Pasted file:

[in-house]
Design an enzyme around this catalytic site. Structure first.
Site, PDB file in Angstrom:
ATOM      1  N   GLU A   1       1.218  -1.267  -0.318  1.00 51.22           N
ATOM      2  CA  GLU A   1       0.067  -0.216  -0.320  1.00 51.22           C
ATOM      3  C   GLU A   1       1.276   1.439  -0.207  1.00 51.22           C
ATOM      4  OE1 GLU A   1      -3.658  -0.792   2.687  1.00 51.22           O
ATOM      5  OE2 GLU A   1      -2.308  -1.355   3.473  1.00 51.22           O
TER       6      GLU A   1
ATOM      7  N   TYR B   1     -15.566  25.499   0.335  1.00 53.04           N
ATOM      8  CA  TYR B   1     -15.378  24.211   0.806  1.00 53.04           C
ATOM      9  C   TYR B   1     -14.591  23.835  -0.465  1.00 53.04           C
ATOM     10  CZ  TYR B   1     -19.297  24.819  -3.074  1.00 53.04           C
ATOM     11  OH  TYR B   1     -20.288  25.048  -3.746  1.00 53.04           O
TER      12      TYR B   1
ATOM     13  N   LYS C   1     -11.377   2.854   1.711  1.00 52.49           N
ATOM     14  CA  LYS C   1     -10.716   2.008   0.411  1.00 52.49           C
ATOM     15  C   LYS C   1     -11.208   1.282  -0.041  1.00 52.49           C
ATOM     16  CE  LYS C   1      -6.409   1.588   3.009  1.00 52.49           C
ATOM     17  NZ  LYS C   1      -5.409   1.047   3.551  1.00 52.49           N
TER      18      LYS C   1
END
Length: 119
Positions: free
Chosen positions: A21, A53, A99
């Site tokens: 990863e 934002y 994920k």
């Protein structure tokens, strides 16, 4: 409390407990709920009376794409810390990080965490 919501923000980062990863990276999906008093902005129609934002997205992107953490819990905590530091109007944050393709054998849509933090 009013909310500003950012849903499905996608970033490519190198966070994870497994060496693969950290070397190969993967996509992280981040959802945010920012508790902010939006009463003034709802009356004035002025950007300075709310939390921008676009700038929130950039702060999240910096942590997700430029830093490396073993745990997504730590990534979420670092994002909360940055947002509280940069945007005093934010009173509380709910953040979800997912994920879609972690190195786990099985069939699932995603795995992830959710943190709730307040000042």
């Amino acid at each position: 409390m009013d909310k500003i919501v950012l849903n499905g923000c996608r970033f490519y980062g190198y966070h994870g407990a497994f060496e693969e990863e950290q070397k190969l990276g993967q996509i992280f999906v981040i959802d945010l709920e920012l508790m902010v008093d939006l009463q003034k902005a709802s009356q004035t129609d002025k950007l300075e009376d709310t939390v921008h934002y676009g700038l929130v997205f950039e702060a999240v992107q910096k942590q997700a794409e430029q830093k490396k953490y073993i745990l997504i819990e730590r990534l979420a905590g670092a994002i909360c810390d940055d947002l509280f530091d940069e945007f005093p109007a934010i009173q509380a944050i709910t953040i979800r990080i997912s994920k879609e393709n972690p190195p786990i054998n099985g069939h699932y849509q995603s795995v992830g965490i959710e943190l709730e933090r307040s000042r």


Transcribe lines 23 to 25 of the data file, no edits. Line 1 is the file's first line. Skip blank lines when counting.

Length: 119
Positions: free
Chosen positions: A21, A53, A99